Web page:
I've been doing a bit of research on the treatment that Advanced Cell Technology is beginning to trial to treat Stargardt's and came across an anti-cloning and embryonic stem cell research blog. This is put together by Australian doctors and scientists. There is a specific post relating to the ACT trial. The post states that ACT are really in it for the fame of discovering something "new" and that it will likely cause immuno-suppression to the treated patients. It also states that such embryonic stem cells can't ever be injected into a patent's eye, and the trial being conducted by ACT is actually to see what harm using such cells may have on people.
Naturally I was angry to read this as when I discovered that ACT was conducting an actual human trial I was ecstatic and was given hope that I would definitely one day regain some of my vision. So this lead me to research what this post has said and find out more about the ethics surrounding embryonic stem cells, as I am all for ethical research and treatment and reading these statements did make me feel somewhat uncomfortable with the whole idea of have such cells put into my eyes. This is what info I found:
1. Embryonic stem cells come from 5-6 day old human embryos. Embryos in humans are a fertilized egg of up to 8 weeks. To me, the though of using these cells made me uncomfortable, although when I researched further and found out that they were only 5-6 days old, merely a bundle of cells, my feelings somewhat eased. I'm not entirely sure where the embryos for the ACT trial are from, but I will try to find out. The following website is from the Australian Government about Biotechnology and has some useful information about stem cells:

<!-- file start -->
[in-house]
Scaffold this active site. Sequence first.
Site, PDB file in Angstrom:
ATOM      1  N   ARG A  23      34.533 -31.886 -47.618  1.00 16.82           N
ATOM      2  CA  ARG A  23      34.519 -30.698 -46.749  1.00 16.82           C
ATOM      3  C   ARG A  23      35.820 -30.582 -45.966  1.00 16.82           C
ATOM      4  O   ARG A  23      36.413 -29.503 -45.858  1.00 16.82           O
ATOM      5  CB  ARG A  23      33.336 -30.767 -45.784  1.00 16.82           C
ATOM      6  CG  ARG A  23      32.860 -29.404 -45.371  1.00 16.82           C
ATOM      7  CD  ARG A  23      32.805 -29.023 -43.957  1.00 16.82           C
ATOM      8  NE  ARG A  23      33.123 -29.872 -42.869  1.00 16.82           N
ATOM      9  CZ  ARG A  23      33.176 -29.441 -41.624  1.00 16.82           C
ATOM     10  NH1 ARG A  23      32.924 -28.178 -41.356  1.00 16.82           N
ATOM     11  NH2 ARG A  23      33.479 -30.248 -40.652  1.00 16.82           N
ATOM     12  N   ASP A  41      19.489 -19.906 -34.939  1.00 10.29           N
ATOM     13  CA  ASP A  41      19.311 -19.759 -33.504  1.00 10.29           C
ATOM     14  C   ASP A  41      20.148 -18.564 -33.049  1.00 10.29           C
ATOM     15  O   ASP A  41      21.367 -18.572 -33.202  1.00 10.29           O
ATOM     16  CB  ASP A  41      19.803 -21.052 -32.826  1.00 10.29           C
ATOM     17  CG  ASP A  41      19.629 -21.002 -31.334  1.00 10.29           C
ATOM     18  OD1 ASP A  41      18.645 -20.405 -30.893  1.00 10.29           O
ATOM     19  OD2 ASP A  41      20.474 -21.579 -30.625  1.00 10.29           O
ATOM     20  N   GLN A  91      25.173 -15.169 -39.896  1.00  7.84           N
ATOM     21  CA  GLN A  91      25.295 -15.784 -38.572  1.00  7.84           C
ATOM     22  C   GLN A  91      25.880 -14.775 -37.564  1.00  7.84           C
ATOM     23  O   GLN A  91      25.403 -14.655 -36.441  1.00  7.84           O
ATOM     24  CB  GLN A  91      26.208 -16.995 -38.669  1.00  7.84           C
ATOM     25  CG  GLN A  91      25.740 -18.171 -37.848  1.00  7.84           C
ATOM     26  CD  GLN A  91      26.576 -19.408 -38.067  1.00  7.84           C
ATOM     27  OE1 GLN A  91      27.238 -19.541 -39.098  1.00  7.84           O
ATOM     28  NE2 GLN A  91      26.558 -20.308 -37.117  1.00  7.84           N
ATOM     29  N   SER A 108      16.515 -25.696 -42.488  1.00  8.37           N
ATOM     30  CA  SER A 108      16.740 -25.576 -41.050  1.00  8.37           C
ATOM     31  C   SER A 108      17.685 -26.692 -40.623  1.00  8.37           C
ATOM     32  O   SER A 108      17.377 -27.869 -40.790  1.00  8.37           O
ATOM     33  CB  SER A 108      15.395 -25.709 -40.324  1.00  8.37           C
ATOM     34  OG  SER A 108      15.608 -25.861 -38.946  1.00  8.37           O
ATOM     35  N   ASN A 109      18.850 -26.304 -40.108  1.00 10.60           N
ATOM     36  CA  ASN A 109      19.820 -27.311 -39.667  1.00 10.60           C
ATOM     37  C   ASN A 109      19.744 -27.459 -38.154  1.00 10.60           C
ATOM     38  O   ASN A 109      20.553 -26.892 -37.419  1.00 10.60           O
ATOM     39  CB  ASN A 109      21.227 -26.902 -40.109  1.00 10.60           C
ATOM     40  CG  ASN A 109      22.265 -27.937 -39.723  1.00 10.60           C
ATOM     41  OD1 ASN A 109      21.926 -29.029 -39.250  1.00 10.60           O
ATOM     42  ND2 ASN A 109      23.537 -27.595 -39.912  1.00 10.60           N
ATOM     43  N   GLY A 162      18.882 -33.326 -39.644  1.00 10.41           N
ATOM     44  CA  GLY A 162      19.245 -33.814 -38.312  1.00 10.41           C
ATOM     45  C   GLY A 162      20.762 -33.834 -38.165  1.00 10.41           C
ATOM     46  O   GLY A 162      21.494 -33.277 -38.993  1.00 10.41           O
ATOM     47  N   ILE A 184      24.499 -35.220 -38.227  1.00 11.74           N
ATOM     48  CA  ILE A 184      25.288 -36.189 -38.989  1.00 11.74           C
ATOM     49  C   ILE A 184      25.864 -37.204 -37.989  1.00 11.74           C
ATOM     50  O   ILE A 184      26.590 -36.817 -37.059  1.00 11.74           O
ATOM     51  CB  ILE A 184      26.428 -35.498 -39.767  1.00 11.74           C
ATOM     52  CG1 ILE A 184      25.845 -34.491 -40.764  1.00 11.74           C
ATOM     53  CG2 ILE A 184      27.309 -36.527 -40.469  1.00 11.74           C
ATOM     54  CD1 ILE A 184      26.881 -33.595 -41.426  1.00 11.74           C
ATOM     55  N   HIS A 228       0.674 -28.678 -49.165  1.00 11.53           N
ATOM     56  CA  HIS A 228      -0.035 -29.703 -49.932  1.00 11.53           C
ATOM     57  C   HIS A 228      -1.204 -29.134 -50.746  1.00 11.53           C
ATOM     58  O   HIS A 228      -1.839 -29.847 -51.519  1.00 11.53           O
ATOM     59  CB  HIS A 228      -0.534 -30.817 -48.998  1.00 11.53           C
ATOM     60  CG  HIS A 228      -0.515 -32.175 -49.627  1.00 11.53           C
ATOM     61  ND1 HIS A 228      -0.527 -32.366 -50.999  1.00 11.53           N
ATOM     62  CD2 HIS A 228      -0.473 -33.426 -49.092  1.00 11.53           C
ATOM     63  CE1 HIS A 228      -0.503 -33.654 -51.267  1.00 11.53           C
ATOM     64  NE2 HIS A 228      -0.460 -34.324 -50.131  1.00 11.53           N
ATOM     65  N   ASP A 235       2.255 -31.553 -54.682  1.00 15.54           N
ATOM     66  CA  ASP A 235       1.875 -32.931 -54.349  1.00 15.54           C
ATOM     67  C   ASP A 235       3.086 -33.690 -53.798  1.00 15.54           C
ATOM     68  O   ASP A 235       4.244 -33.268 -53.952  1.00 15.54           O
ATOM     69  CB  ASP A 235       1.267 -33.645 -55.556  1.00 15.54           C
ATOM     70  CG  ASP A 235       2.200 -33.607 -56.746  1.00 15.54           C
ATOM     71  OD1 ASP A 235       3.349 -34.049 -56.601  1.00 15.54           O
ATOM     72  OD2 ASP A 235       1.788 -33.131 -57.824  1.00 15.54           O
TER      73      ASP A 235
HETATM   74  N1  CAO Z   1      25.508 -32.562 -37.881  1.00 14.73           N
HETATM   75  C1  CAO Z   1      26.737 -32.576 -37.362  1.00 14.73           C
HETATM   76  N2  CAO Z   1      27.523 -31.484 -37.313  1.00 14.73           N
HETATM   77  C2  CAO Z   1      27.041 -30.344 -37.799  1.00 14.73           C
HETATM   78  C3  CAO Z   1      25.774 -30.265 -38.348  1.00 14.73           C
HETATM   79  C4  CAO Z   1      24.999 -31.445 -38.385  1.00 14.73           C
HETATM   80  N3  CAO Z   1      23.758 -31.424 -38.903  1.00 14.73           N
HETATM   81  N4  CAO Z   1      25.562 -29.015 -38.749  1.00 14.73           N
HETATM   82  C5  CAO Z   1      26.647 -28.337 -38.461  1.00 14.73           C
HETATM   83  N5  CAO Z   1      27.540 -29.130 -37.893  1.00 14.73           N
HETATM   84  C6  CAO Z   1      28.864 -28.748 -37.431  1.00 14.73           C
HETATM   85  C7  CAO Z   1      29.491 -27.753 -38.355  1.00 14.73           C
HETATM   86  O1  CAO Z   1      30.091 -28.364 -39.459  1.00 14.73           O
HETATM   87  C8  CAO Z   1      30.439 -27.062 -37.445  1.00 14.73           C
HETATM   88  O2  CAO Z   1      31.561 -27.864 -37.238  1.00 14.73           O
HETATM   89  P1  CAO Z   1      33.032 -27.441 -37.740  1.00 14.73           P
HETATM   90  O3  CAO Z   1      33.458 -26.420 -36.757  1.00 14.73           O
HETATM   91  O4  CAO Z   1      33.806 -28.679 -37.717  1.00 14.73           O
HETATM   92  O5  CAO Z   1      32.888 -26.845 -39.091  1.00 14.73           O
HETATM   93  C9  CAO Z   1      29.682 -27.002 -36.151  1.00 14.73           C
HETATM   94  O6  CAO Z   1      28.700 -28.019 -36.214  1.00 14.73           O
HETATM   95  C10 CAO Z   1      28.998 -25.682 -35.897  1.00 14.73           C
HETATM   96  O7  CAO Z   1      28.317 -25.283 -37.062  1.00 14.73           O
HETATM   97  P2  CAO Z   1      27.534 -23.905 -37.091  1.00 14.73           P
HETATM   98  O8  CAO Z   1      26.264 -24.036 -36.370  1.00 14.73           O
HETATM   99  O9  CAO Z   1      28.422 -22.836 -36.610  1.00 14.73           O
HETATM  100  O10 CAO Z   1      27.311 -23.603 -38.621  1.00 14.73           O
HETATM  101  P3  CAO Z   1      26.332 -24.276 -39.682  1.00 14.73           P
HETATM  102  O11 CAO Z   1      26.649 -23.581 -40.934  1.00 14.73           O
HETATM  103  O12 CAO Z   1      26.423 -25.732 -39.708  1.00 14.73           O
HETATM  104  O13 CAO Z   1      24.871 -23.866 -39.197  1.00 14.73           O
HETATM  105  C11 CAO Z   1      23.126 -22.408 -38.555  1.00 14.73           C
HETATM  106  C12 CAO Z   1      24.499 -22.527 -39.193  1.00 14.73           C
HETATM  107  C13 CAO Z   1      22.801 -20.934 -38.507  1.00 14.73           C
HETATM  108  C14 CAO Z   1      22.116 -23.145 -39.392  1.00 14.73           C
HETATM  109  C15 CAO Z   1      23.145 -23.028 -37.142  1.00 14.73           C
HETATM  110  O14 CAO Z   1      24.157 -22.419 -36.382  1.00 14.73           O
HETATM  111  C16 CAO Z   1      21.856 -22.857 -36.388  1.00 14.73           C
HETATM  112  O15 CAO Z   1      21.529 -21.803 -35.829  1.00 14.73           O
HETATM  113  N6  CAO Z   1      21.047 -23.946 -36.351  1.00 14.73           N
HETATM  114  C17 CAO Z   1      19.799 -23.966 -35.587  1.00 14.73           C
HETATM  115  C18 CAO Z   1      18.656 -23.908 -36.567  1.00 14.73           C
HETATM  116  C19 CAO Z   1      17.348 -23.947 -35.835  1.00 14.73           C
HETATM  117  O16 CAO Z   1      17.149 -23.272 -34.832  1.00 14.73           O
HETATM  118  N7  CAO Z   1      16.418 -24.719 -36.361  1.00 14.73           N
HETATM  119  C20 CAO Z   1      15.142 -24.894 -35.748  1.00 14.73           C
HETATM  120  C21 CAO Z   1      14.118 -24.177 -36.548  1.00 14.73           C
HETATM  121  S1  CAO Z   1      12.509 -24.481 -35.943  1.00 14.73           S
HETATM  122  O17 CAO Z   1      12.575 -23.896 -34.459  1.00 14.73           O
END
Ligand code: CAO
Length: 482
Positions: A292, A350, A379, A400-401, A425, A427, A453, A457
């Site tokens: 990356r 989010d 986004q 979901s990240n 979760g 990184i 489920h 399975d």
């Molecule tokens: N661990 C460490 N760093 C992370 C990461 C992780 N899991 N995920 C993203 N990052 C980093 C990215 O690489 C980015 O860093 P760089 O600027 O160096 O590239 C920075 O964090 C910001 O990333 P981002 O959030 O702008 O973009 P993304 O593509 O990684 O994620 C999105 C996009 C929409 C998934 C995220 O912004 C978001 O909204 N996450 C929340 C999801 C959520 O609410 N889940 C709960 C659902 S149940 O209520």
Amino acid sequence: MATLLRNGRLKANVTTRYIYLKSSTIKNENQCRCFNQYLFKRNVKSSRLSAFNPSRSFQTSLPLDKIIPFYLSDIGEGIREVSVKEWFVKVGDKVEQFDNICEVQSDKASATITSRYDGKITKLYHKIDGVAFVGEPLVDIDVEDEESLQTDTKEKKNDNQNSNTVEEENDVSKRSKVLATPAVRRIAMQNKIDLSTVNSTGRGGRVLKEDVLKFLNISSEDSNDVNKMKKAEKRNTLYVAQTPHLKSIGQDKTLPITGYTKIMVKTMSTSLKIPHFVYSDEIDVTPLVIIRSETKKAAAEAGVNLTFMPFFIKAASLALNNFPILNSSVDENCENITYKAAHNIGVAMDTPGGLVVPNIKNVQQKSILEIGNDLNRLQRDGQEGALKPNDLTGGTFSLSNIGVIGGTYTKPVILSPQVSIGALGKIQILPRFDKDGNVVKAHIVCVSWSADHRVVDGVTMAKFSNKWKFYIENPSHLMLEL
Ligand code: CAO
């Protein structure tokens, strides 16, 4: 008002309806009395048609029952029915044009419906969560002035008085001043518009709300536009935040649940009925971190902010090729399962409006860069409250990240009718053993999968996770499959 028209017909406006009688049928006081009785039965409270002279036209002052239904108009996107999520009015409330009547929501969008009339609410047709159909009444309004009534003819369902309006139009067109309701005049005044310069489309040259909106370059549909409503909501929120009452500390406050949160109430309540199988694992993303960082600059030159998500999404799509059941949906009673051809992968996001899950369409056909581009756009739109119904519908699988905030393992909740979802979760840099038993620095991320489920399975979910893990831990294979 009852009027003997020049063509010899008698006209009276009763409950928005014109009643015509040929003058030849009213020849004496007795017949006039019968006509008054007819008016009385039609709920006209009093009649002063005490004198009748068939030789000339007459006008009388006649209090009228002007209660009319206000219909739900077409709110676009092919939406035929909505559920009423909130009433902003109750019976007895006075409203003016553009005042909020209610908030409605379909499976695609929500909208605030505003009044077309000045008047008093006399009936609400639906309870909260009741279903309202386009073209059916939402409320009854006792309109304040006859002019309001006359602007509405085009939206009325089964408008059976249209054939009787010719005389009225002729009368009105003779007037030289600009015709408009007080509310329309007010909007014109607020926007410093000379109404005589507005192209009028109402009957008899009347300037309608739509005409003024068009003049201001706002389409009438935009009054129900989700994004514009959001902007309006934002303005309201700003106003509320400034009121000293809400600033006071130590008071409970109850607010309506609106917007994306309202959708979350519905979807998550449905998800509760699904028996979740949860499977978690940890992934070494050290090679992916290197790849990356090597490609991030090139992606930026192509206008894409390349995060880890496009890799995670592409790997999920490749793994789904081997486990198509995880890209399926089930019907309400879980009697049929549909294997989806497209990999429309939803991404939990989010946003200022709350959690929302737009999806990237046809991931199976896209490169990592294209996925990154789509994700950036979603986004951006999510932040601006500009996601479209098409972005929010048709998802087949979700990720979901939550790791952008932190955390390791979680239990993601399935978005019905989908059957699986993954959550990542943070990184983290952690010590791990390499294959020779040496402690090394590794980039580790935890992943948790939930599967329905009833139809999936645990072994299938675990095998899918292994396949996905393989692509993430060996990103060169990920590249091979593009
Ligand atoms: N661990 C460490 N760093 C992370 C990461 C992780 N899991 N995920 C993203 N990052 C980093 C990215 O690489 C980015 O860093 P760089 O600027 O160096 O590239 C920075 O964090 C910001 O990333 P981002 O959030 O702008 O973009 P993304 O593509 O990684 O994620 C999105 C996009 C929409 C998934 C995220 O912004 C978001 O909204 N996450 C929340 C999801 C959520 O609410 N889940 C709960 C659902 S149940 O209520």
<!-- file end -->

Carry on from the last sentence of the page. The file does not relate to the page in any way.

Biotechnology Online - Stem Cells - Australian Government
2.Induced pluripotent stem cells (IPS) are another type of stem cells the post states that could be used instead of embryonic stem cells, as they do not have the ethical issues associated with embryonic stem cells as IPS cells are derived from the person's own body, reducing the risk of rejection of foreign cells and also immunosuppression to the person receiving the cells. This type of stem cell was first produced in 2006, making it quite new so obviously there still needs to be a lot of research on the impact of such cells. There is the thought that the use of such cells may impact caner causing genes, making them "turn on" and cause problems, although a study found a way to stop this from happening. I'd like to find out more on these IPS cells and see why such cells can't be used in place of embryonic stem cells.
I hope this information has been useful! I am a strong believer in ethics and I like to know everything about everything, which is why I felt the impulse to find out more about stem cells and the different types that could potentially help us with Stargardt's. What are your thoughts?